Every day scientists find bizarre, new viruses from around the world. This week, a group of researchers announced the discovery of relatively massive bacteriophages, which are bacteria-infecting viruses. The giant microorganisms dwarf not only normal-sized viruses, but also have the capacity to perform complex tricks that we also see in modern medicine.
Viruses with bigger genes than bacteria
Recently scientists have come to know an extensive catolog of viruses that seem to become unusually large, bigger even than some forms of bacteria. And their mammoth dimensions are echoed by their gargantuan genetics.
For example, the influenza A virus has eight genes, which tallies up to 13 base pairs of DNA. But with this discovery, scientists have now found genes for viruses with hundreds of genes, and more than one million base pairs.
In other words, they're visible under the weakest microscopes.
Known simply as "giant viruses," these big micro-organisms are largely found in amoebas, often in places where humans don't go. But now researchers have found that similarly-large viruses exist in places that are both more "out-there," and familiar. In 2019 a team documented giant viruses living inside the guts of people in Bangladesh. In a new study, published today in Nature, the very same team has put forward evidence of even larger viruses spread around the world.
Making the DNA Soup
Scientists study and discover new bizarre viruses by analyzing DNA collected in a soup of samples acquired from the natural world. This time, they looked at samples taken from human and animal feces, fresh and marine bodies of water, slippery mud sediments, hot springs, and elsewhere. The scientists then screened for microbes that are not the phages they're looking for. Eventually, they reconstructed genomes left in the mix.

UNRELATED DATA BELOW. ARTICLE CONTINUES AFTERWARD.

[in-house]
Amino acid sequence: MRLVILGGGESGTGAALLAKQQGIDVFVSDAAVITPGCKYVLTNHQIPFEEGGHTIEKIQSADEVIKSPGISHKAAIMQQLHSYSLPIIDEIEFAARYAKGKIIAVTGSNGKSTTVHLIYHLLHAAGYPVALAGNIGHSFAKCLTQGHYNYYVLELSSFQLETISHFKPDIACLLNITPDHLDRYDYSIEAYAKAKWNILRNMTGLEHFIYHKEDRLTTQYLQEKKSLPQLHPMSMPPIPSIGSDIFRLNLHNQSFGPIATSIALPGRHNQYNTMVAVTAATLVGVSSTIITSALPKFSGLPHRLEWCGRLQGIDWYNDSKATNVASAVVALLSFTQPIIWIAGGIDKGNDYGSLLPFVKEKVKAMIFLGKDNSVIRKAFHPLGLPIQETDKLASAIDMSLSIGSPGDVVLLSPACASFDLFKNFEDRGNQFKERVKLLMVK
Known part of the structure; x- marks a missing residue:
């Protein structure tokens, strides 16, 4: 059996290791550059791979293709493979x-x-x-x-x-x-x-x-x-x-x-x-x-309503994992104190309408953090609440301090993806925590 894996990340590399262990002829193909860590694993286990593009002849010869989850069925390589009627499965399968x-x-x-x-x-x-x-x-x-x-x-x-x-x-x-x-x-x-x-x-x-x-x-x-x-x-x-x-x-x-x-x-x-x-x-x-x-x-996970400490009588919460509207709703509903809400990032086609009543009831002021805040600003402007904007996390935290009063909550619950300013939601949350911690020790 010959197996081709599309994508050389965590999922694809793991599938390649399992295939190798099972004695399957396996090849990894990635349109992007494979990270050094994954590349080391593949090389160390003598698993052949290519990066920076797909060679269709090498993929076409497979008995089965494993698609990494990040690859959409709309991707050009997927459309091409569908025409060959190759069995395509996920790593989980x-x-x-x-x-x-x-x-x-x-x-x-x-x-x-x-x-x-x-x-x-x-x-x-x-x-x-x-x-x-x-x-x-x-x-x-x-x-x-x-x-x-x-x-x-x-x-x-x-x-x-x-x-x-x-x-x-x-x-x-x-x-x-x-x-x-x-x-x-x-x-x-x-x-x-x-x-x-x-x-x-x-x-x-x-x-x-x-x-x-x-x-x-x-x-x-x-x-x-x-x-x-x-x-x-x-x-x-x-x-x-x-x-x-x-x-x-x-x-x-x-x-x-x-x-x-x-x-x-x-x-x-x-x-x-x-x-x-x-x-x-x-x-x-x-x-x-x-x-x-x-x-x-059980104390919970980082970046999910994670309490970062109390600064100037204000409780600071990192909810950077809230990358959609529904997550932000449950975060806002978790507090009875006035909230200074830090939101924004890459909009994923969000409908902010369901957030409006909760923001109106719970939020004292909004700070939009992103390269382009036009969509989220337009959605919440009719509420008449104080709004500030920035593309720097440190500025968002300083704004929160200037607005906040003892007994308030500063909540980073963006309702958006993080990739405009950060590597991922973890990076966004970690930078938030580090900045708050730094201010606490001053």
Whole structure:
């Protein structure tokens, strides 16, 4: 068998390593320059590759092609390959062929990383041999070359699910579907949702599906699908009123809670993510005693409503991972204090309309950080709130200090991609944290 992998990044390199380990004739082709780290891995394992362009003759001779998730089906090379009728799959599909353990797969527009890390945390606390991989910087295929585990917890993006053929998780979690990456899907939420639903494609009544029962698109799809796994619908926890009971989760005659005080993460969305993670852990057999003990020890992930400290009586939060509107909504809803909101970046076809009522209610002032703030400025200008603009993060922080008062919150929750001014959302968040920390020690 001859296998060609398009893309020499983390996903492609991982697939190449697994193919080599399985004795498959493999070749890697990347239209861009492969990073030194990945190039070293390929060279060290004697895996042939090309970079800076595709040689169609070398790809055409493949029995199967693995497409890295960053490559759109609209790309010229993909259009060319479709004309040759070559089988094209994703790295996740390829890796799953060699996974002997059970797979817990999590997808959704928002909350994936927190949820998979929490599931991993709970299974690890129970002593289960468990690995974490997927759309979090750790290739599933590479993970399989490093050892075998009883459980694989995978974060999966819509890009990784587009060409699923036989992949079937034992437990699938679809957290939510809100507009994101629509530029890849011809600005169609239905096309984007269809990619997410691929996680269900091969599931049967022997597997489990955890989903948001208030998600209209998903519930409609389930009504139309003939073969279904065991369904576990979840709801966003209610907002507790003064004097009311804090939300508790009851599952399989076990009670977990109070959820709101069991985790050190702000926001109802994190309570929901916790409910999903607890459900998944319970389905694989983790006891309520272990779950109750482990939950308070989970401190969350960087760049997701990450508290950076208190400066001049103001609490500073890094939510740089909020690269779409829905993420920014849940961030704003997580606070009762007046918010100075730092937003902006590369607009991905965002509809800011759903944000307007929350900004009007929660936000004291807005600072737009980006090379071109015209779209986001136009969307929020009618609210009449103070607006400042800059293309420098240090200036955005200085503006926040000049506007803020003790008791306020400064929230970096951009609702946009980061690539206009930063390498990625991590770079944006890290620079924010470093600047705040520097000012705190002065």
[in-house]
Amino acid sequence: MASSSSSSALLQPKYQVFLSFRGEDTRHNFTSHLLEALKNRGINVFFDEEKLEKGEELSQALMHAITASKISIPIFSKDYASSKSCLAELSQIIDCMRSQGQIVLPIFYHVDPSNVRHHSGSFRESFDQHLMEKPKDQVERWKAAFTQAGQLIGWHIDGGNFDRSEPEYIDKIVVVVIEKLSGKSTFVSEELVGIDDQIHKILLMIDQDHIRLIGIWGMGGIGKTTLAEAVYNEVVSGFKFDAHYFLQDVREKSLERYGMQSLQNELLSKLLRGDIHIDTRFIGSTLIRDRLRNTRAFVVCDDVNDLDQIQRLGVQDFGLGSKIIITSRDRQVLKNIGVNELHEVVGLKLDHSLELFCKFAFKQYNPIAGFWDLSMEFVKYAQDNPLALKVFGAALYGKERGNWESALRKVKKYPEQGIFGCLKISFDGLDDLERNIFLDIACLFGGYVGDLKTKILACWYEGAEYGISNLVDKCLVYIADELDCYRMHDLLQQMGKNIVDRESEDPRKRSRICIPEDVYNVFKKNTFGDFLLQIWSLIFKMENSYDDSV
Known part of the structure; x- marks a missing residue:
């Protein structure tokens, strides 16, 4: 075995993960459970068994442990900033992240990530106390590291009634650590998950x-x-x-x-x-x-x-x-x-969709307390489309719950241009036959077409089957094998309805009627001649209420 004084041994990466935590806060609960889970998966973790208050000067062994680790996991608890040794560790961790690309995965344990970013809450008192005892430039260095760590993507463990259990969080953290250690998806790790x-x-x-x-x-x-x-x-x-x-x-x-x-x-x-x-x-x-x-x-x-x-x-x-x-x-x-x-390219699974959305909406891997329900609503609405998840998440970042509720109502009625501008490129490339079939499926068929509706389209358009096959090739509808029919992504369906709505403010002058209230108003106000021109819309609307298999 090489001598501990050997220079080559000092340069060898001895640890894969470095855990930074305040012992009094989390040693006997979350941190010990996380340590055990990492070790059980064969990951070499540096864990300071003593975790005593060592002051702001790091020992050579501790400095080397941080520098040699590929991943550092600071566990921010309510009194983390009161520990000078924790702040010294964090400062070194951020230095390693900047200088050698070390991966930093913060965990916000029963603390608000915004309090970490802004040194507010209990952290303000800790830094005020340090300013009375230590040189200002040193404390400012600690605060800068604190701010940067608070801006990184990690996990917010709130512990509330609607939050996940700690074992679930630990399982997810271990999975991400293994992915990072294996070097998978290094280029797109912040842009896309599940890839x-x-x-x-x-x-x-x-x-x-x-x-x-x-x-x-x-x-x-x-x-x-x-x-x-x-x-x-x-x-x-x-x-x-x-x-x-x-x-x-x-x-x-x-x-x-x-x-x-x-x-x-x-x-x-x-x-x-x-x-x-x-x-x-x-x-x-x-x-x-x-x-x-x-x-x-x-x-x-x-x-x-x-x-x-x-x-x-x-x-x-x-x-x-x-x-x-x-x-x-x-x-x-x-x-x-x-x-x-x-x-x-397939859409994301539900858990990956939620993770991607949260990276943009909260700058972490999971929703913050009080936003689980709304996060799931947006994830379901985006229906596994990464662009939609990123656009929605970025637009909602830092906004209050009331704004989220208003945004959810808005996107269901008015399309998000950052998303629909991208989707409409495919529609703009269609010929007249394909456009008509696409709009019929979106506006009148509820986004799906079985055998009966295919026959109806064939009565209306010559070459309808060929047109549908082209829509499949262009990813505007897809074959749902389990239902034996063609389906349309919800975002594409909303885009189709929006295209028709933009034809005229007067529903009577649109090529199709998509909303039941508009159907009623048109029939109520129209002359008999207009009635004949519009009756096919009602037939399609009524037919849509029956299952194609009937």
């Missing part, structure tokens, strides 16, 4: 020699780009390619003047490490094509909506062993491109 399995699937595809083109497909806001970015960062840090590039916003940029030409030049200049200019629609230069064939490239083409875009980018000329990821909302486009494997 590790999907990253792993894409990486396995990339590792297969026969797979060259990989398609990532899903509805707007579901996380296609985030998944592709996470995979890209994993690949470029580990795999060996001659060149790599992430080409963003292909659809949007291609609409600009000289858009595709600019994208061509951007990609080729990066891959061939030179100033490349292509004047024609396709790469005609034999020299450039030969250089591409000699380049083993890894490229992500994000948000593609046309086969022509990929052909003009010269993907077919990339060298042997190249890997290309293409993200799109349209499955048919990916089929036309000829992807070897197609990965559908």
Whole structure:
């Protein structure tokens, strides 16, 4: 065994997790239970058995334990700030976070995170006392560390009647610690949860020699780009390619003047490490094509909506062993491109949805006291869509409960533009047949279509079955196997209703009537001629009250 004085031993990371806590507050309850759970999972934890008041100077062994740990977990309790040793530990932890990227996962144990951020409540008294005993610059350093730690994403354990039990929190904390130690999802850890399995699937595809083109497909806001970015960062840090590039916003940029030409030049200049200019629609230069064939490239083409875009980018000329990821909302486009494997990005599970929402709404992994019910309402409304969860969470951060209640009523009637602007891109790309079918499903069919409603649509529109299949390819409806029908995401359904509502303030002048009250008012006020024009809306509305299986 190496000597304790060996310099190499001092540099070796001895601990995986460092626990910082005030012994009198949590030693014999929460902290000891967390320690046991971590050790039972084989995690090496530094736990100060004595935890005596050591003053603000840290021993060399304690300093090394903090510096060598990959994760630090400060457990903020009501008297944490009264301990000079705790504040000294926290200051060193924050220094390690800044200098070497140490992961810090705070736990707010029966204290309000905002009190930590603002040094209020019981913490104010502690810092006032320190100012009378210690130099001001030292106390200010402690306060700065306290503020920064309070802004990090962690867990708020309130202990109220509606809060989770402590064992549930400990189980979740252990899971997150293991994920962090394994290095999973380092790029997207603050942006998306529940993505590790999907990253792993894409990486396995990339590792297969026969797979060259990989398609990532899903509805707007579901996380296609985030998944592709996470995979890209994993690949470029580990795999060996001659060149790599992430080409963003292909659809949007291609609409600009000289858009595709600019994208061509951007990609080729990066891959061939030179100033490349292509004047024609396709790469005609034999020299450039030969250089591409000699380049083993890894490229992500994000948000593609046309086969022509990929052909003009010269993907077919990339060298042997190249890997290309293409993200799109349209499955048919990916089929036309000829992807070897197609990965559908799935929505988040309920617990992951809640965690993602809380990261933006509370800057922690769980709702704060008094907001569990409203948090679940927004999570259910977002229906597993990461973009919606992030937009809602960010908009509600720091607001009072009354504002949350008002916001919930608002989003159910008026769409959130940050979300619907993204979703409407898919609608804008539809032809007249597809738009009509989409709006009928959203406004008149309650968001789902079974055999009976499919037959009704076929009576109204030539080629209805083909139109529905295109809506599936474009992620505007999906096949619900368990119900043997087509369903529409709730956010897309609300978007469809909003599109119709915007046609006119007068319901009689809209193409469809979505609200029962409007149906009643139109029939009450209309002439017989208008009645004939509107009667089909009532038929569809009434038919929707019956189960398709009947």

"The genomes [we found] are large, some very much larger than 'typical' phages," said study author Jill Banfield, professor of earth and planetary science at the University of California, Berkeley, to Gizmodo.
Banfield and her colleagues said they identified more than 300 different types of phages, all with DNA larger than 200,000 base pairs. The largest one was more than 735,000 base pairs, which is more than 10 times that of the average virus base-pair count.
Called "huge phages" by the team, these phages seem to have genes one normally finds in living organisms and cells, which are genes that should allow them to perform amazing tricks.
Applications for CRISPR
A multitude of the huge phages have genes that are important to a system used by bacteria to fight viruses, known to the world as CRISPR. People generally think of CRISPR as a cool new gene-editing technology, but it actually comes from the ancient immune systems of bacteria (and another single-celled organism called archaea), used to slice up the DNA of hostile viruses intent on infection and ruin. CRISPR-relevant genes like these could be made to help huge phages amplify their host's defenses, Badem Al-Shayeb said to Gizmodo, by targeting and destroying other viruses competing for the same host cell.
In a time of widespread panic about the infectious coronavirus, it's easy to forget how the study of viruses we fear the most also ultimately increases our power against them. Clearly the micro-world of huge phages are going to take the human world by storm.
For the better, let's hope.